"It's such a creepy song and it’s always confused me. As Canadians, how does a song like that, and I mean this with all respect, but it’s a dark song, it’s very creepy, it’s really enigmatic, but it’s one of the biggest Canadian songs of all time. Another difficult one to do. The version we do is almost like a duet, with myself and Julie Fader, who sings with me on the whole album. It’s a conversational song between a man and woman who are in this strange dark place. Having Julie helped me understand that more."

‘Locked in the Trunk of a Car’

"This is the one song I knew how to treat right away. I really wanted to make it a dark, acoustic, haunting, Hank Williams, Townes Van Zandt thing. Part of it is a minor blues song, the verse, and I remember in my teens watching this interview with Gord and he was really open and he said, 'You know, there was a point in my life where I messed up, I really messed up, and I was living with this guilt.' It’s a song about living with guilt, so as a young aspiring songwriter it really opened this door to me. If you can talk about these human things in this kind of way, this changes everything for me.

"So this song was extremely important in my understanding of how to communicate through poetry and song and lyrics."

‘Courage (for Hugh MacLennan)’

"I tried to sing the chorus on this, and it’s one of those things where I think only Gord can do it. So what you have in the song is just the three verses and Andy Maize of Skydiggers sings the third verse. … Then I realized, why do I need to sing the chorus? Everyone in the country knows it."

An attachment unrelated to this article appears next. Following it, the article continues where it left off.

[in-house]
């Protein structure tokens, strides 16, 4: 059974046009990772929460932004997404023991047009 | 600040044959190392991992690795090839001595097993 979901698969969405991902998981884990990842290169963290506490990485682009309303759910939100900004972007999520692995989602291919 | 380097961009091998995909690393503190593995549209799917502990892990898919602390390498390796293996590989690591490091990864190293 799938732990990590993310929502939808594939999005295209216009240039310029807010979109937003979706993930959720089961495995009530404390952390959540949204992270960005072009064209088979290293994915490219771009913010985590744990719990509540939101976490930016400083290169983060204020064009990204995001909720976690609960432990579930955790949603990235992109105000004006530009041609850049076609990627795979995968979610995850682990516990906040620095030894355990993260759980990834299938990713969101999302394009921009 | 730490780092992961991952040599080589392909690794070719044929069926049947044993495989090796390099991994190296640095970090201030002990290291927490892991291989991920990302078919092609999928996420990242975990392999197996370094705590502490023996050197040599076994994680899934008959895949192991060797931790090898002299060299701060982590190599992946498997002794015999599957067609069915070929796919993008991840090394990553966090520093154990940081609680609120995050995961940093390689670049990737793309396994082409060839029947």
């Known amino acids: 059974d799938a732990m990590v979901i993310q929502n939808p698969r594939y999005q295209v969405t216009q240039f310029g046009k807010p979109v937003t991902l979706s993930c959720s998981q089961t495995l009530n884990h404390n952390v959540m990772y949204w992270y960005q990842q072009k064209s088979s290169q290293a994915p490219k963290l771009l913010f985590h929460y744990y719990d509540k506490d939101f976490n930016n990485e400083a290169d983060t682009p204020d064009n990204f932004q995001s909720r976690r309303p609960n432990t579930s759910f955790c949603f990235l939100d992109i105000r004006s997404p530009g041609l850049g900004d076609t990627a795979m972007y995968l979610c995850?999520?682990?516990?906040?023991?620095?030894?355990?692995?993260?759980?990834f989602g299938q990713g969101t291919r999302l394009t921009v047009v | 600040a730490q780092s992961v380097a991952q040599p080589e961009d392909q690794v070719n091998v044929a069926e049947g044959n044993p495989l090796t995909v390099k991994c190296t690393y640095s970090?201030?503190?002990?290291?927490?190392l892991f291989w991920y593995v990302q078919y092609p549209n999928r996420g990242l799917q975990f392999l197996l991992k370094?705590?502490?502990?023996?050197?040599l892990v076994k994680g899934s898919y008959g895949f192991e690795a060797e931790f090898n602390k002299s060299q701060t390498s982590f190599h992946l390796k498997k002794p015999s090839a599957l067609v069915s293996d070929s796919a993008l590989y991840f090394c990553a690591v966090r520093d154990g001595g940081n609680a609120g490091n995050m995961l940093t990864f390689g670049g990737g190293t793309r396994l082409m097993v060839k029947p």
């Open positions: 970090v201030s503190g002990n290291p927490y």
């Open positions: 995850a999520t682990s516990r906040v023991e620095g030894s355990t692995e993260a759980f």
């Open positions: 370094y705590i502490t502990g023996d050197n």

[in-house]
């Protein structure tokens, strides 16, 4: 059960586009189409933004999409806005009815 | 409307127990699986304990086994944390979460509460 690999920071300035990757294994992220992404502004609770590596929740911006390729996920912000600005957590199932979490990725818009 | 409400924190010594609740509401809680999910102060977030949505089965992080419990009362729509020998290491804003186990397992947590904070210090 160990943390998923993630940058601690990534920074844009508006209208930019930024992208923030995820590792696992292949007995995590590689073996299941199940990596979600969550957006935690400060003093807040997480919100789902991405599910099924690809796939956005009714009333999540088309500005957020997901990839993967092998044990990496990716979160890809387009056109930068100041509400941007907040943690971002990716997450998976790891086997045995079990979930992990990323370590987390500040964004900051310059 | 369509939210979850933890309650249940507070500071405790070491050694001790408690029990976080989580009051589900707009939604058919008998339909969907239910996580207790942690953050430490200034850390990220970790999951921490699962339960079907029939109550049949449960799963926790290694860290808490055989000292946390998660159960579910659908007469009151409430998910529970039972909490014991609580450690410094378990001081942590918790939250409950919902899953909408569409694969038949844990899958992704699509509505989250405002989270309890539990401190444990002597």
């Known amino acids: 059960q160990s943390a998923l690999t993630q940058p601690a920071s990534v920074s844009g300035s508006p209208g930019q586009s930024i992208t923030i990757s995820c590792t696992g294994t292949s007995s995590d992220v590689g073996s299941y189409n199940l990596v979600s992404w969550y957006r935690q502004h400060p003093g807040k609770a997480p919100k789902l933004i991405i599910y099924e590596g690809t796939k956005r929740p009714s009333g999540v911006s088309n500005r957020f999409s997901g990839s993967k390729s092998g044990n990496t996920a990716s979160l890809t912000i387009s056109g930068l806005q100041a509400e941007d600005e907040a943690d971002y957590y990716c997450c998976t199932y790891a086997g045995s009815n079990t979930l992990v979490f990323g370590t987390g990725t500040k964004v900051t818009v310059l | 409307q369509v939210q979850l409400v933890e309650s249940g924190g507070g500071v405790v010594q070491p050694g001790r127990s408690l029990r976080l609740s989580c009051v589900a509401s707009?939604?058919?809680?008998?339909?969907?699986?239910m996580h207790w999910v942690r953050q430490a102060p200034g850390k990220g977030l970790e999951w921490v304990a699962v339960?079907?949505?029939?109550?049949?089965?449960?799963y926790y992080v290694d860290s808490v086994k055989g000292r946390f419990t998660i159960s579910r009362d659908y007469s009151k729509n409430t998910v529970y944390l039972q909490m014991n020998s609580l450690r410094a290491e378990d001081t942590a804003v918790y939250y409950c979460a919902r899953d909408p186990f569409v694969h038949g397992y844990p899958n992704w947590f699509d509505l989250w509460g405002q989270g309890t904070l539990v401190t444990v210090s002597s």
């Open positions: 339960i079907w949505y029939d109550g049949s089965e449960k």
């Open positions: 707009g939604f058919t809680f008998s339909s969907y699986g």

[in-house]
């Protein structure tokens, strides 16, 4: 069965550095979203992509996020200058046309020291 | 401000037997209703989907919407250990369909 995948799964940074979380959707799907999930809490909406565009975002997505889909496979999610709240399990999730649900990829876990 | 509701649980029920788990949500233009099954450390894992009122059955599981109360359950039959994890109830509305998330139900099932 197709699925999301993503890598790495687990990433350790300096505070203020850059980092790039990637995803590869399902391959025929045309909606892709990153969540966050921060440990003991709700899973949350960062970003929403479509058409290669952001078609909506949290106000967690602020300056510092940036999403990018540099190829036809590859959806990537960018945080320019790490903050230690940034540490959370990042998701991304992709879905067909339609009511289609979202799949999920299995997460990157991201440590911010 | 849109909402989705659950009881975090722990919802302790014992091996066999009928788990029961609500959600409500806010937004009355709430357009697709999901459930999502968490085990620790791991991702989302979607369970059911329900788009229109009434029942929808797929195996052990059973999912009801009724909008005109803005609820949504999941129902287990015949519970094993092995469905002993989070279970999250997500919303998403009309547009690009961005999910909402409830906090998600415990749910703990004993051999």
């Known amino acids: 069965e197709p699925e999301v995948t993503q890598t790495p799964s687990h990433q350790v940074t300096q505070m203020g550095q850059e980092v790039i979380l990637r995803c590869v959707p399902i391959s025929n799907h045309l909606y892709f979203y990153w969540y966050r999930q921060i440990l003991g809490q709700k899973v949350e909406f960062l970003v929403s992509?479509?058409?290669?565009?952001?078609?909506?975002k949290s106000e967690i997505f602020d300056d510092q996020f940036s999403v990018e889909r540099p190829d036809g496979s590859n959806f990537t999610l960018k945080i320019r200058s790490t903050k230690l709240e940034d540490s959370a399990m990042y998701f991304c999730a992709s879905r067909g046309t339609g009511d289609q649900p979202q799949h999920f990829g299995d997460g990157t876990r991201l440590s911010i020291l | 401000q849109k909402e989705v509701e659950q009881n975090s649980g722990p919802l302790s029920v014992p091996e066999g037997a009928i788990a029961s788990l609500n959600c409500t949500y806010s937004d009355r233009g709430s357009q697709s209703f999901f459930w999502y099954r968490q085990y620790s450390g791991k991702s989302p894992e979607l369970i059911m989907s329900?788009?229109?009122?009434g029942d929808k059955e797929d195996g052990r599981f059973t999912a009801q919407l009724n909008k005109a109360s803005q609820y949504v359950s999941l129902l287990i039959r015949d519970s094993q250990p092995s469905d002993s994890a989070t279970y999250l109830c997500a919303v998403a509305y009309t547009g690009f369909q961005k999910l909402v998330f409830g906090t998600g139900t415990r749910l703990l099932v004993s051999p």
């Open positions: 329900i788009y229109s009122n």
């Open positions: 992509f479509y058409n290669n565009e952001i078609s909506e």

‘Long Time Running’

"I’ve always thought it was a great, small-town Kingston ballad. I spent a lot of time around Kingston growing up and you can see Highway 33 and the ferry and the beautiful southeastern pastures. But I’ve always heard this song as a really slow country song, so I took it way down. I really made it about the words and the sparse space of those pastures and rolling landscape. … And what a great story he tells. It’s his early stuff, and a real glimpse into Gord’s matter-of-fact, poetic sensibilities."

‘Put it Off,’ featuring Mary Margaret O’Hara

"It’s one of those dark, broody Hip songs, and just a repetition of three chords. A trance-like tune. But I wanted to amp it up and create this trashy, weird electro song with two drummers and Mary Margaret doing her thing, which is pretty wild. This song, it’s so cinematic. And those opening lines: 'I wrote unfriendly things, truly cruel, on the day that you were born.' It’s like, OK, you trumped me again."

‘Fiddler's Green’ featuring Jenn Grant

"A friend of mine was born on Sept. 17, so we always sing it on his birthday. I understand there is a pretty sad song behind this song, so I really wanted to be delicate and give it as much respect as possible. Which is why I didn’t really want to sing lead vocal. I felt like it required a woman’s touch, so I called Jenn Grant and she was kind and gracious enough to sing lead vocal. I really felt as though it lent to the tenderness of the song. Another case where I relinquished my role as lead singer because you really have to serve these songs."

(This article was originally published in 2014 when Daredevil was released. Purchase the album via Bandcamp.